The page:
Metadata and Mobile Security
Ever since Edward Snowden blew the whistle on the NSA’s controversial monitoring tactics of US citizens, the tech media landscape has sustained an ongoing narrative on digital privacy. No doubt, this conversation has by now achieved a global reach and is taking place in a number of languages besides English. Countries the world around have security agencies, and with the advent of instantaneous, transcontinental communication personal digital privacy is an issue that transcends national borders.
There is one term that still requires translation though, regardless of your mother tongue: Metadata.
In so many words, metadata is data about data. Within the context of the global conversation on personal privacy, metadata is being used to refer to information that reveals the generic conditions of a transaction rather than the specifics. For those of you who don’t speak legalese, that means, for example, the length of a phone conversation and the phone numbers involved, as opposed to the actual, spoken-word content of the call. Back in June 2013, US President Barrack Obama stressed that the NSA only monitors civilian metadata and implied that this was harmless; however, a new study by Stanford University has labeled metadata highly sensitive material and the NSA’s metadata monitoring highly unconstitutional. The researchers’ reasoning is simple: mobile phone numbers can be linked to individuals and the phone numbers dialed by these individuals can reveal sensitive personal information.
For example, a call log that looked like this:
Might not look like much. But if a simple search on Google Places or Yelp connected those phone numbers to places like this:
555-555-1234 – Gun and Ammo Shop
555-555-3456 – Pilot Training School
555-555-5678 – Local Mental Institution
Prying eyes at the NSA might be tempted to further investigate the identity linked to said call log.
Mobile (Metadata) Security
While the above example is indeed an exaggeration, metadata can be revealing no matter who you are or where you’re calling. Metadata can help prying eyes reveal the most intimate details of your life. For example, if you called a hospital or clinic someone with your metadata could infer that you were sick. If on the other hand you called a phone number linked to a financial institution, someone with your metadata could make inferences about your financial situation – like where you bank, where you hold credit cards, and whether you are in debt. On an even more personal level, metadata could even reveal your political or religious affiliations, provided you had called your local representative or church.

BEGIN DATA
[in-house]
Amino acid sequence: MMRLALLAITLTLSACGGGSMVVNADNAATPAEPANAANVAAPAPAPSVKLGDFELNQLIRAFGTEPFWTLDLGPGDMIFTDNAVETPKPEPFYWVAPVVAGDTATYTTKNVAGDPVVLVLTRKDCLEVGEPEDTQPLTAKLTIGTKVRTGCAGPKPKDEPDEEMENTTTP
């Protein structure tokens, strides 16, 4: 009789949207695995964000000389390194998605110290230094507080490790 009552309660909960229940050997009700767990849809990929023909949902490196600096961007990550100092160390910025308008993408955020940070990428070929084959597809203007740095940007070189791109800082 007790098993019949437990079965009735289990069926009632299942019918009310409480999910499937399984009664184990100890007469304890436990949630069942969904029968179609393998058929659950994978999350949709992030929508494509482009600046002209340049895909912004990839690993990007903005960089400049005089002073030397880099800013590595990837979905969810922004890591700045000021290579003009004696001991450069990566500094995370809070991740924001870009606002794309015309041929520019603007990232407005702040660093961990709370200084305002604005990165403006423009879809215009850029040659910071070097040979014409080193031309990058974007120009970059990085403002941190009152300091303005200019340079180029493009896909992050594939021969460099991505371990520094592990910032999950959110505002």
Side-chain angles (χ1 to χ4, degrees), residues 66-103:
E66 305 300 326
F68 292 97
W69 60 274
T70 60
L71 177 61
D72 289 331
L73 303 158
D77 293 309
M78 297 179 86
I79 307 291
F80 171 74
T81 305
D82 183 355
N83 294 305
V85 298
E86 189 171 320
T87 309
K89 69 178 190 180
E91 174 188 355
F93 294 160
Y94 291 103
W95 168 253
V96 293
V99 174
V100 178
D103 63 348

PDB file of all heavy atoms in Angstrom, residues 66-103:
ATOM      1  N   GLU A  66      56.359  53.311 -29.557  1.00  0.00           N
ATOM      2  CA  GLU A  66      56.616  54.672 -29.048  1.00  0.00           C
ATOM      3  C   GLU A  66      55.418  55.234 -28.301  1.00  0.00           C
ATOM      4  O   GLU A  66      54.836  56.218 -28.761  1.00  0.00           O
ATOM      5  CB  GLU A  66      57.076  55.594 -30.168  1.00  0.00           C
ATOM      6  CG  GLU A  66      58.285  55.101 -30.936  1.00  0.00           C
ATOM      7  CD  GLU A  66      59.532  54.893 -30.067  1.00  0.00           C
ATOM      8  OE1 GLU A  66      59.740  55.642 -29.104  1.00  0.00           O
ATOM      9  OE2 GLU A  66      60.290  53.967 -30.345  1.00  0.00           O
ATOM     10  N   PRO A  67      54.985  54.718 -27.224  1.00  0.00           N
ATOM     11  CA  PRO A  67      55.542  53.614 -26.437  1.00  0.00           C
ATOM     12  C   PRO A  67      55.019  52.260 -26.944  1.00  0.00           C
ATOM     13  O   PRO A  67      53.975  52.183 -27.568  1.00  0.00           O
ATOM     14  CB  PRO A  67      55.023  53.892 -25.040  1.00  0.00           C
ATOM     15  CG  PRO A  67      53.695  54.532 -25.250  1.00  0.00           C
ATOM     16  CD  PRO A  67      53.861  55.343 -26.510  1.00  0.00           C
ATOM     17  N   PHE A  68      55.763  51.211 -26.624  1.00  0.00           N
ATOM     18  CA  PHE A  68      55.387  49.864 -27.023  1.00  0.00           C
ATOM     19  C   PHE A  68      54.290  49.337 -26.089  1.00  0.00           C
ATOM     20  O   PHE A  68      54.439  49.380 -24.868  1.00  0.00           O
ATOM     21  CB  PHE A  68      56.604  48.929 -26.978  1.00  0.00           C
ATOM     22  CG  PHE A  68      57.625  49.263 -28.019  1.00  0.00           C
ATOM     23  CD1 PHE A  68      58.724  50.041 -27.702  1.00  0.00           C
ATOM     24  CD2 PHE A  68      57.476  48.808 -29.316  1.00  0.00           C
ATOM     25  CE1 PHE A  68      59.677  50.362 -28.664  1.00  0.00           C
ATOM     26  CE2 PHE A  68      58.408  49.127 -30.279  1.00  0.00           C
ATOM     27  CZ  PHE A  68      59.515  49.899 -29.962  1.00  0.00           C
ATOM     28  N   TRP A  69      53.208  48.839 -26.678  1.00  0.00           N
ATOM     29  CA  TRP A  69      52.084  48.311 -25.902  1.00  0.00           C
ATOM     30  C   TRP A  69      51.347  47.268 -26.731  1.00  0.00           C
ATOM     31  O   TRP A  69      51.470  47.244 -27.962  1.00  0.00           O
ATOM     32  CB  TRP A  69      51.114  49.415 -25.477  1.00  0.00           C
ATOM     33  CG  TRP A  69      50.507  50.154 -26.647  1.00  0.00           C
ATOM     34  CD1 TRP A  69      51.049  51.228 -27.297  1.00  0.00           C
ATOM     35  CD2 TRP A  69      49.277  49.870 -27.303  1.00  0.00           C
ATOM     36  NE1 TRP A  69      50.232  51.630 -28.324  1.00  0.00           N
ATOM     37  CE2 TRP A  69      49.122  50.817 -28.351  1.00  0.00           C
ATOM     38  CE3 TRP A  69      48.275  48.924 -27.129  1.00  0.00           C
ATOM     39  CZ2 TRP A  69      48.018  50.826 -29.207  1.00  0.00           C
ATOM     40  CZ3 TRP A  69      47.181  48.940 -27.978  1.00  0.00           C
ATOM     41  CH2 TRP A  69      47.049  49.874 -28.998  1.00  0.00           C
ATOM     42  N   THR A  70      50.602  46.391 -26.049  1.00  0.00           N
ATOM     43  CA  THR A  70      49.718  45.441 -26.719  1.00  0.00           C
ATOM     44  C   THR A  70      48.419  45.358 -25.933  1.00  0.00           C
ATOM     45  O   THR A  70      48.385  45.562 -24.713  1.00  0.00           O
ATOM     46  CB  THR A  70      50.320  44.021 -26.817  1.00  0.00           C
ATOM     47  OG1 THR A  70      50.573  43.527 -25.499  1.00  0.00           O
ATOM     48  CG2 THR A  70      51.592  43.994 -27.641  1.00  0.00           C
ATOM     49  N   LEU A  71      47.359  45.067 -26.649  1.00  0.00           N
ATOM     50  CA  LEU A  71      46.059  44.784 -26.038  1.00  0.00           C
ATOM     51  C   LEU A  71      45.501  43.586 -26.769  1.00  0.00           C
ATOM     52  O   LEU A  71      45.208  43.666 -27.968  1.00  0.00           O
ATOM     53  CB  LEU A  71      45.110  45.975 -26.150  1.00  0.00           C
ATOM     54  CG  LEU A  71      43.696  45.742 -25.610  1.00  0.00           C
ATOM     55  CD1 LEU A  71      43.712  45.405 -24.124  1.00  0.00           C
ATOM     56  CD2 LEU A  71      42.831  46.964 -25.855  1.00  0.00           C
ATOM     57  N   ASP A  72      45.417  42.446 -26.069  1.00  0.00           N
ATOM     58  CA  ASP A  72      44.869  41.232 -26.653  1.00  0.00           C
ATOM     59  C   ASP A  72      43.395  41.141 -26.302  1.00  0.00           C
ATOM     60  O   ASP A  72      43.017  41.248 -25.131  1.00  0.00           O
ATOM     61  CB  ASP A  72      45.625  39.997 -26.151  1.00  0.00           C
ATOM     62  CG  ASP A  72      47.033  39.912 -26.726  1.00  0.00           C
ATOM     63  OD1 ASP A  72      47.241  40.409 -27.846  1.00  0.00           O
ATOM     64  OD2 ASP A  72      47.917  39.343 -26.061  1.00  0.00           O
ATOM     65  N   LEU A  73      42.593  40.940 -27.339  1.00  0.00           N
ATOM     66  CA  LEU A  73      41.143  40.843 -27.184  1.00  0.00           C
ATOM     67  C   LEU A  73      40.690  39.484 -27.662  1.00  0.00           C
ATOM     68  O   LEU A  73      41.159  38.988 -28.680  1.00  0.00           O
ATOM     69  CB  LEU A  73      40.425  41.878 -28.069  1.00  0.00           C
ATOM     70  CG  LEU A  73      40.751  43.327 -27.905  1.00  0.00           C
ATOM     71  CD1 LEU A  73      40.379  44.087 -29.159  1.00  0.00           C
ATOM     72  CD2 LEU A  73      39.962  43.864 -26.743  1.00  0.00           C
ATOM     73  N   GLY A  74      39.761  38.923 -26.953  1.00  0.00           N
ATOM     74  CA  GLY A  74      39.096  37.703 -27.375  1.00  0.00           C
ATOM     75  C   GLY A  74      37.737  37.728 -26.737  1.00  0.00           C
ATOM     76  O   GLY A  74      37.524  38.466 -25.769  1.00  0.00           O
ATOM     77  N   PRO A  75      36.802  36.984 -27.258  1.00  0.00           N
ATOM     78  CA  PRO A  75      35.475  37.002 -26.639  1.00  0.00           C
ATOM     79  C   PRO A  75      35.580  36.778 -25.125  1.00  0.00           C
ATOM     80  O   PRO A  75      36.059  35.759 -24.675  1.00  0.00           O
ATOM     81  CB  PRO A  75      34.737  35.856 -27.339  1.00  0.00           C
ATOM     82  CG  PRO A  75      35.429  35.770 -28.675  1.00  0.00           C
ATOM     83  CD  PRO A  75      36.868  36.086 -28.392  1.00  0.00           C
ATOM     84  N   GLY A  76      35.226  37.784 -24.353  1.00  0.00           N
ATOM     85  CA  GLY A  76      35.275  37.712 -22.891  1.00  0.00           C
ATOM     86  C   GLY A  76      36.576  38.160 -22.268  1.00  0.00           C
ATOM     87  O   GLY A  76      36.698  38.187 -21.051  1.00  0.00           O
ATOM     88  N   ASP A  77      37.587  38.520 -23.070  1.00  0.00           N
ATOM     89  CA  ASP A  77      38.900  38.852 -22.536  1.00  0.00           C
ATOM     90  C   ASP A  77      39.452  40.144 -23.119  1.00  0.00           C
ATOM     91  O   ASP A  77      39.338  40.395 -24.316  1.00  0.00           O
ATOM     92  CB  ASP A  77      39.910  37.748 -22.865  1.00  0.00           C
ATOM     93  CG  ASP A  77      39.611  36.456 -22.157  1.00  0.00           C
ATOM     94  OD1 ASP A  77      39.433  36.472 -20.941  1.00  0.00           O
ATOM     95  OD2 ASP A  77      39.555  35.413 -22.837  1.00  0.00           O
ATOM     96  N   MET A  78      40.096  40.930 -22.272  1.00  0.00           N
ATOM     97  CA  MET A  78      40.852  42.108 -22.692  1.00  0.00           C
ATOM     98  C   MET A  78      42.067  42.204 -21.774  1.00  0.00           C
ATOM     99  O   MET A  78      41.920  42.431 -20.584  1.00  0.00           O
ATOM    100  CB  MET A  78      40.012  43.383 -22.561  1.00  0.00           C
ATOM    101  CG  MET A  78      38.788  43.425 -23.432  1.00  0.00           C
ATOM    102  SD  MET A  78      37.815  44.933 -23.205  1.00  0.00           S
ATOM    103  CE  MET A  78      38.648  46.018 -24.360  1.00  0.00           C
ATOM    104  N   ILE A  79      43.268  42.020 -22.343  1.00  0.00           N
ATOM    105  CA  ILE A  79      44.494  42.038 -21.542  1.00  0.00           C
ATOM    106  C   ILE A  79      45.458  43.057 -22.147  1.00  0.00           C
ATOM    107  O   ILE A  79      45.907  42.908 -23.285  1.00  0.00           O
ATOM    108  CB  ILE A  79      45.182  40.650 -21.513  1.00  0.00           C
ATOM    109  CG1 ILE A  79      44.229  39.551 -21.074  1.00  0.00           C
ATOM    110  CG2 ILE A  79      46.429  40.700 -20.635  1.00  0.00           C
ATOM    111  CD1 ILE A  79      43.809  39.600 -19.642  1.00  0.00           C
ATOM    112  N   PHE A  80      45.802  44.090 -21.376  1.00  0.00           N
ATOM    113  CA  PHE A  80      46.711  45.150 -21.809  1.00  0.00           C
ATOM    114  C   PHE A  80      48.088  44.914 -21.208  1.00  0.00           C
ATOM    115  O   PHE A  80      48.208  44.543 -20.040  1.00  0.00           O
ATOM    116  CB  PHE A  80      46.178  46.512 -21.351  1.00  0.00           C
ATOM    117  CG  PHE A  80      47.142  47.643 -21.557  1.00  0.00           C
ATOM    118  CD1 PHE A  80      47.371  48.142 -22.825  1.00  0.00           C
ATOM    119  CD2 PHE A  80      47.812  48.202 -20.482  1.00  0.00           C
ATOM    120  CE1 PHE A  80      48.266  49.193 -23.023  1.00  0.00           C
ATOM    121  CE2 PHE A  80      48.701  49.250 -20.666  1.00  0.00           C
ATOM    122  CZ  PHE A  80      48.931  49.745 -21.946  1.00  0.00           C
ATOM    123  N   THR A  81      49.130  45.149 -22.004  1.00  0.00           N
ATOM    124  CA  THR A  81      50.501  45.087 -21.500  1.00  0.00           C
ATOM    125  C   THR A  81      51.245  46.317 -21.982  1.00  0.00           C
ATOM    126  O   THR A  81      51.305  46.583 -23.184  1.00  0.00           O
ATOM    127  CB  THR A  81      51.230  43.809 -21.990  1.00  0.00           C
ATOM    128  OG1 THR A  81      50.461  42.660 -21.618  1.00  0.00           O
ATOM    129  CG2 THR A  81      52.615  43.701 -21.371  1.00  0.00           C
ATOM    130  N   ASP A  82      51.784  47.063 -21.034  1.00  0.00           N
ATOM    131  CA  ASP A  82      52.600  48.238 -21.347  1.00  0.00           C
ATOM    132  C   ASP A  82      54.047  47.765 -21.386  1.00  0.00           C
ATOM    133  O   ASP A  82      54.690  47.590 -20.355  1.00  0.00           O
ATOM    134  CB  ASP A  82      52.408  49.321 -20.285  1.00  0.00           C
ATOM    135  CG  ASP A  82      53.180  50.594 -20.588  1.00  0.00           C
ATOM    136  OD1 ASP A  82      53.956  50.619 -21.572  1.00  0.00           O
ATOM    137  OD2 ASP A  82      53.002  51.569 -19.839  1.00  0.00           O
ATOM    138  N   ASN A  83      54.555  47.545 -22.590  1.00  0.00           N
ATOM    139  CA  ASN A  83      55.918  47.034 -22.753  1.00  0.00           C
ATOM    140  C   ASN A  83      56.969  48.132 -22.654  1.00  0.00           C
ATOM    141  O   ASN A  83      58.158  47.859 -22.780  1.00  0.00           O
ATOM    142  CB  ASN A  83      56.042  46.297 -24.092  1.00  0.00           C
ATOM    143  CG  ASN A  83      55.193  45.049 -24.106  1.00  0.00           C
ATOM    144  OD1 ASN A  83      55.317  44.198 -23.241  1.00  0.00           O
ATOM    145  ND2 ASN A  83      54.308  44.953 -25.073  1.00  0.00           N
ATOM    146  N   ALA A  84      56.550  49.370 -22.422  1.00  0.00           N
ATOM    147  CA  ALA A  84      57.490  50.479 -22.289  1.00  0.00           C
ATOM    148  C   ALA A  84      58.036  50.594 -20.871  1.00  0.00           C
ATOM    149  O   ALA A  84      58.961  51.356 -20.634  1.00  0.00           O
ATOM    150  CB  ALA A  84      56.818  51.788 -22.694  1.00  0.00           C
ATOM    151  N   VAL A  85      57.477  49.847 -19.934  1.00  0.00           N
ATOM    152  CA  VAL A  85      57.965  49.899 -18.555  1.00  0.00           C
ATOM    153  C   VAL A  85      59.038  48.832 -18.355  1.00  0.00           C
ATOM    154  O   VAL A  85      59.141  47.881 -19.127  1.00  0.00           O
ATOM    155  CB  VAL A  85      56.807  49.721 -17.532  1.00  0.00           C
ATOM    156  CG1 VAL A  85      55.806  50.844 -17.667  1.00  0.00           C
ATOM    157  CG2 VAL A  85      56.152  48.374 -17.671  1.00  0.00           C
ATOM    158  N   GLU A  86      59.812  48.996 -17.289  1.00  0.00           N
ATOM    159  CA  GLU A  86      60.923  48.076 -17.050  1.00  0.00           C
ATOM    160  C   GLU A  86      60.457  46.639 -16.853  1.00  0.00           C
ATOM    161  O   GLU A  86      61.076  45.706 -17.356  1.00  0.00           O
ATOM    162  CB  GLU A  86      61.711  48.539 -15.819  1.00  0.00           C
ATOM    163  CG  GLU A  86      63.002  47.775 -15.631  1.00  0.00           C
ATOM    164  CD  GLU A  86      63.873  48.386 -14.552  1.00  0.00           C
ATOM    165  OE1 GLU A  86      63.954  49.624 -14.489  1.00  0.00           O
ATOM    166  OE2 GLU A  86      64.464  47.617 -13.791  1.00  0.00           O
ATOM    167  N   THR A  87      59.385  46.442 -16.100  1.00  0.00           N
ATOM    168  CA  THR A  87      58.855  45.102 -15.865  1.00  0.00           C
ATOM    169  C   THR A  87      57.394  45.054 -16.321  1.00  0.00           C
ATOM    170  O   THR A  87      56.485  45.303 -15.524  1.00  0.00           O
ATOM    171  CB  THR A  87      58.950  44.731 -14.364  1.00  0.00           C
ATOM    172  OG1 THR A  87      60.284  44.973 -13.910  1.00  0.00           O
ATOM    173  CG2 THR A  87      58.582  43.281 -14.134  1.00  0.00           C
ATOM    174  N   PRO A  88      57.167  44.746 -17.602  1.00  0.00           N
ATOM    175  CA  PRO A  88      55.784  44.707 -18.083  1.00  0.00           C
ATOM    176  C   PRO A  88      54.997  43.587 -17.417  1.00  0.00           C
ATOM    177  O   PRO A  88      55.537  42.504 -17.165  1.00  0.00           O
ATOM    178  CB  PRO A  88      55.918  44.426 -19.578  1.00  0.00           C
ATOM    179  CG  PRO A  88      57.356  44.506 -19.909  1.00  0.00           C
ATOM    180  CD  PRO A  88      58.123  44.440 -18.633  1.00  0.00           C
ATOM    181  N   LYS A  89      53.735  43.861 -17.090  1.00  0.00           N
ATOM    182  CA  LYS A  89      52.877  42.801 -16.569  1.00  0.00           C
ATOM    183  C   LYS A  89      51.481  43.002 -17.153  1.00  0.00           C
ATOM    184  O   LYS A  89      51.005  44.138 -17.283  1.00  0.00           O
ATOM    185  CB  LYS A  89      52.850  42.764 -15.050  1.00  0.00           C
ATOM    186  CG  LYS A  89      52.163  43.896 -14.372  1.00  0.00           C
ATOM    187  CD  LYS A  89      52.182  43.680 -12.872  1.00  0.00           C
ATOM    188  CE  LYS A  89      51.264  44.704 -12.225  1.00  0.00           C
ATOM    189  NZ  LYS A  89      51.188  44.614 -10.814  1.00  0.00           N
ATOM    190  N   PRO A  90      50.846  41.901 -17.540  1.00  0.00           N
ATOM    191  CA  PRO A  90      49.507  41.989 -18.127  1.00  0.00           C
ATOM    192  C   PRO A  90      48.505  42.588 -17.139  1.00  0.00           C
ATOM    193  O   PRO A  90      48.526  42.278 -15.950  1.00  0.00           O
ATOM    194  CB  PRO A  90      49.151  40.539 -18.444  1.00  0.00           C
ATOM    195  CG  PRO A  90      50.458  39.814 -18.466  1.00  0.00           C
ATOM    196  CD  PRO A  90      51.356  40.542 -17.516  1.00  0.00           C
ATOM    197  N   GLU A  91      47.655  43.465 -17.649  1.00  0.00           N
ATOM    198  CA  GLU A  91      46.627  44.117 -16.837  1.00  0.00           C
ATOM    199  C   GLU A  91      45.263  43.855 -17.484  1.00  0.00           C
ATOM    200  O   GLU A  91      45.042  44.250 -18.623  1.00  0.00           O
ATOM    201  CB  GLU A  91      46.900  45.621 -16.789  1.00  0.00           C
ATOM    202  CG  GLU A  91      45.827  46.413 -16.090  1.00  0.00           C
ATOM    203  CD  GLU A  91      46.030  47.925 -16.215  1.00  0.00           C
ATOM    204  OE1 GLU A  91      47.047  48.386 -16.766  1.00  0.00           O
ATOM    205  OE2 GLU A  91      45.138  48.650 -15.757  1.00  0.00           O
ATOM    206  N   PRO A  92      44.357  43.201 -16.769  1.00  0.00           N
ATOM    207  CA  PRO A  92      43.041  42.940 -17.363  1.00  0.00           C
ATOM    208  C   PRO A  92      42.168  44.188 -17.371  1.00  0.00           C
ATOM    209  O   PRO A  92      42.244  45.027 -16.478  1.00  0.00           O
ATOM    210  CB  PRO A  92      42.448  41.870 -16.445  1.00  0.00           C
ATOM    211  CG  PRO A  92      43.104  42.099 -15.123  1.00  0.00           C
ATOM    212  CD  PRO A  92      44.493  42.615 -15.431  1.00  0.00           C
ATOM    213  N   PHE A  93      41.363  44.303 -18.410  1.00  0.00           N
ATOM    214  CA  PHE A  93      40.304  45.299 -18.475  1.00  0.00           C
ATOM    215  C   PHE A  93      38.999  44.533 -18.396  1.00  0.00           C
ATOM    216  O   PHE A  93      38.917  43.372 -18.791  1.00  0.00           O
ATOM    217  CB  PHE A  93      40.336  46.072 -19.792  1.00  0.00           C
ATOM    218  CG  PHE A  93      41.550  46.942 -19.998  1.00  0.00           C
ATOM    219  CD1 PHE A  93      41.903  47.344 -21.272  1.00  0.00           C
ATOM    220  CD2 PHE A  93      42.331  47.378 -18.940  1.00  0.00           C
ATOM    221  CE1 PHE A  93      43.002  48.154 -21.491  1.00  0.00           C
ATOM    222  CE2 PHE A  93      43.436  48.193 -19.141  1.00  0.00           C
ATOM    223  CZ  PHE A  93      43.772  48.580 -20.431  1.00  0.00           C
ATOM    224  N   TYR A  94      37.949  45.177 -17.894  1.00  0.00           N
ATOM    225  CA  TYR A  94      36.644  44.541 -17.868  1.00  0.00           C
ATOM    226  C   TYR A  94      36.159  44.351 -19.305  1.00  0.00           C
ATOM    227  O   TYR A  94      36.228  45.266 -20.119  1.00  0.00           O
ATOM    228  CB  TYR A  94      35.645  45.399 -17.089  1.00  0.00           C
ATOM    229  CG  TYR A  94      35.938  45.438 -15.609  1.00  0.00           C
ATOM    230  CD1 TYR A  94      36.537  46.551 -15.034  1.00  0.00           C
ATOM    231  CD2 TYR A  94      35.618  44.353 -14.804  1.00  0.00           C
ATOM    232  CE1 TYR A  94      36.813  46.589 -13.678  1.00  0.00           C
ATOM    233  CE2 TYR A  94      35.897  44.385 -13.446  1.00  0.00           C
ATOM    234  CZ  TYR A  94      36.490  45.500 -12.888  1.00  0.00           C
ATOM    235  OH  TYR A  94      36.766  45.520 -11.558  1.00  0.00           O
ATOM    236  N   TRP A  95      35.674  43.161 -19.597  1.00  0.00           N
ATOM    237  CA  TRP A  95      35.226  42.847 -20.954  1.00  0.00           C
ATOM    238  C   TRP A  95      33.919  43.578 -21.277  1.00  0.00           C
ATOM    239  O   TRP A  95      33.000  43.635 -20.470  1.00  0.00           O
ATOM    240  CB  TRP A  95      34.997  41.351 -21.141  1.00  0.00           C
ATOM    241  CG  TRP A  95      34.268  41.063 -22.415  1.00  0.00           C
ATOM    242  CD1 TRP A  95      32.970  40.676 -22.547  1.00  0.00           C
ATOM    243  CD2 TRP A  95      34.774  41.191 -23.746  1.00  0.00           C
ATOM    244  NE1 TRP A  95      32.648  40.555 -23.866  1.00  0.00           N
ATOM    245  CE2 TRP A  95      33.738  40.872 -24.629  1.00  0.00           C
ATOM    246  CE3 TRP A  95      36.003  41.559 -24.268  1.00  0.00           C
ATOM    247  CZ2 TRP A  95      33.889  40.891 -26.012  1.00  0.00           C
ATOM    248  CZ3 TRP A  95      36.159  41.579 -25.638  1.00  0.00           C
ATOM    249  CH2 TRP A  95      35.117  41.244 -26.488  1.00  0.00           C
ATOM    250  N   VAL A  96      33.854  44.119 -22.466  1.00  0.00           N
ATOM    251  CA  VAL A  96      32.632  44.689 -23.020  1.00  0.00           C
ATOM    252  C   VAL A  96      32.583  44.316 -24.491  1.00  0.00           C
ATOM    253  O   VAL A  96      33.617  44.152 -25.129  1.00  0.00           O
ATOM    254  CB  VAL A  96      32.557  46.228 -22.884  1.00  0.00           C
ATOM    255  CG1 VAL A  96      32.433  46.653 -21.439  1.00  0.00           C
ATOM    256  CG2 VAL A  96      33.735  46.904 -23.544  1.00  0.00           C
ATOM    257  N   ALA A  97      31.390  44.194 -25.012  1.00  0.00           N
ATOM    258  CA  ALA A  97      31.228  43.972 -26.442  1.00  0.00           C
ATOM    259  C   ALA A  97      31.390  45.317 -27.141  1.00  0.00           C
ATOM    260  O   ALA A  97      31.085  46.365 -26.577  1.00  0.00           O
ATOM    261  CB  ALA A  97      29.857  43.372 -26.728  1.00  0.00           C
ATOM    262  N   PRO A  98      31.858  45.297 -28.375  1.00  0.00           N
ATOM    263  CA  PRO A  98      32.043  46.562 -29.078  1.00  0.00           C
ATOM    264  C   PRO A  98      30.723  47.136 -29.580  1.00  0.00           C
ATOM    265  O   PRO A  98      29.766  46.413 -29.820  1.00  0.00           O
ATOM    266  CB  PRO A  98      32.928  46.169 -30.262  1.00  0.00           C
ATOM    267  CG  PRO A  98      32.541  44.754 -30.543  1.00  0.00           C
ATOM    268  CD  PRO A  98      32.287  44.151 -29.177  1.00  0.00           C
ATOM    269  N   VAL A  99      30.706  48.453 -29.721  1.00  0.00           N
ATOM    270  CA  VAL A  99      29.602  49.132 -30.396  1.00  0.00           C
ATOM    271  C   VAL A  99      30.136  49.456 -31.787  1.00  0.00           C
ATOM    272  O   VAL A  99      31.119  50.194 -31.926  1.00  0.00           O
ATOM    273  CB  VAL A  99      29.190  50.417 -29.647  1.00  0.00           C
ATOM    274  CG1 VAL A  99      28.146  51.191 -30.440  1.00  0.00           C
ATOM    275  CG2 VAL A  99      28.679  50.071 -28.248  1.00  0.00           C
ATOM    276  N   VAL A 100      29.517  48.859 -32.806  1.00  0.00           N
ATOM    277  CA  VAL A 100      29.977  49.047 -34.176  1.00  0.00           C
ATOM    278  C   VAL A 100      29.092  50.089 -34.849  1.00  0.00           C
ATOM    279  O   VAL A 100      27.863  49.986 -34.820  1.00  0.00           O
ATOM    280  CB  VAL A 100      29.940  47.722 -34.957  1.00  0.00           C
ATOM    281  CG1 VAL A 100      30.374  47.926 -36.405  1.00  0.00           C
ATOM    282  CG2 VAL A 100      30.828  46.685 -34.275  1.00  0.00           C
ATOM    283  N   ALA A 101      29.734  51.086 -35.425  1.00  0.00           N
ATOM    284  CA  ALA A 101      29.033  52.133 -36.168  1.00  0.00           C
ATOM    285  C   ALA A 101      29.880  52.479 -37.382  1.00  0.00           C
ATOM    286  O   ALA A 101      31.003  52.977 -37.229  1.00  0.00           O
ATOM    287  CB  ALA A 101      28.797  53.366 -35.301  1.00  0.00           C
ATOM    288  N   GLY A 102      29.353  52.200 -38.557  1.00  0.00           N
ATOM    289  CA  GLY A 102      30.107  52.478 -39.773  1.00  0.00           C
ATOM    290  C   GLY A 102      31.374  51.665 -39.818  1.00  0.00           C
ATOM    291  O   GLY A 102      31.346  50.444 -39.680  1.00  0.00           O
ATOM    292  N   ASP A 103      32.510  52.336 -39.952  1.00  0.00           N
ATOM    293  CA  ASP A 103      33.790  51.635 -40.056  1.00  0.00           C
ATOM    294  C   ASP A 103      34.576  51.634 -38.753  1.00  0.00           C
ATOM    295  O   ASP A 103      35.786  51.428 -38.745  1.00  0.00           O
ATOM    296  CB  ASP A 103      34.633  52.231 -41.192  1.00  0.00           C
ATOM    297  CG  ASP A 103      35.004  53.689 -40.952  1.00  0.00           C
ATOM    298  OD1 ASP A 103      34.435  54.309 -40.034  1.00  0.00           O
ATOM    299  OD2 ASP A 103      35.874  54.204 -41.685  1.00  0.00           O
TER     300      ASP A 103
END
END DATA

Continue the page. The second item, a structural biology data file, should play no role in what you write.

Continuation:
Not surprisingly, the political debate surrounding the NSA’s use of metadata is intense, and it has even extended to police search and seizure rights in the US Supreme court. Police with physical access to confiscated mobile devices have access to the arrested’s call logs and internet search histories, as well as more specific information like emails and texts. Many feel this is an intrusion of personal rights. Regardless of one’s legal interpretation of the matter, what’s probably most important is that metadata has serious implications in the realm of identity theft.
A Stolen Smartphone is a Stolen Life
There is quite the buzz surrounding governmental use of mobile metadata. As a consequence, many people forget that mobile metadata can also be used by identity thieves and that acquiring it is even easier than stealing information from a PC. The reasons are simple.
- Mobile devices are smaller than PCs; this makes them easier to physically steal and more likely to be left behind in public.
- Many mobile devices are not password protected, and those that do use passwords can still be hacked.
If you’re deleting your Internet browsing history and the majority of your sensitive emails and texts on a regular basis, you may indeed think that your mobile device is secure. But this is not entirely correct. Determined identity thieves have many tricks up their sleeves, and your device’s metadata combined with the thief’s favorite search engine could be all that is needed to unravel the details of your life through inference – just as is done by the NSA.
On top of this, one must also realize that physical access to a stolen smartphone provides direct access to much more than metadata, just as it does in the contentious case of police search and seizure. This is because most of us simply do not have the time to obsessively delete everything we do on our smartphones, and most of us use our smartphones (and tablets) to do quite a lot. Worst case scenario: an unsecured mobile device that’s never been cleared is a window into someone else’s life and mind – and to ID thieves looking for an easy score that window is paned with gold.
Emsisoft Mobile Security’s Anti-Theft Feature
Emsisoft Mobile Security has been designed to protect your Android device from mobile malware. As an added benefit, it also includes an Anti-Theft feature that allows you to lock or completely wipe all data and metadata from your device if it is stolen, through my.emsisoft.com.
We have included Anti-Theft to help users protect their personal, digital privacy as best they can. We hope that most of our users will never be targeted by intrusive search warrants or the NSA, but we know that anyone can have their mobile device stolen. Our hope is that Emsisoft Mobile Security can help promote a more digitally secure world and prevent cases of physical theft from extrapolating into theft of your identity.
Governmental monitoring of sensitive (meta)data may indeed be beyond the control of any one company or individual, but every action we take to spread identity theft awareness counts. And though Emsisoft may indeed be committed to the vision of a Malware-Free World, an Identity Theft-Free planet would be pretty nice too.
Have a Great (Malware-Free) Day!
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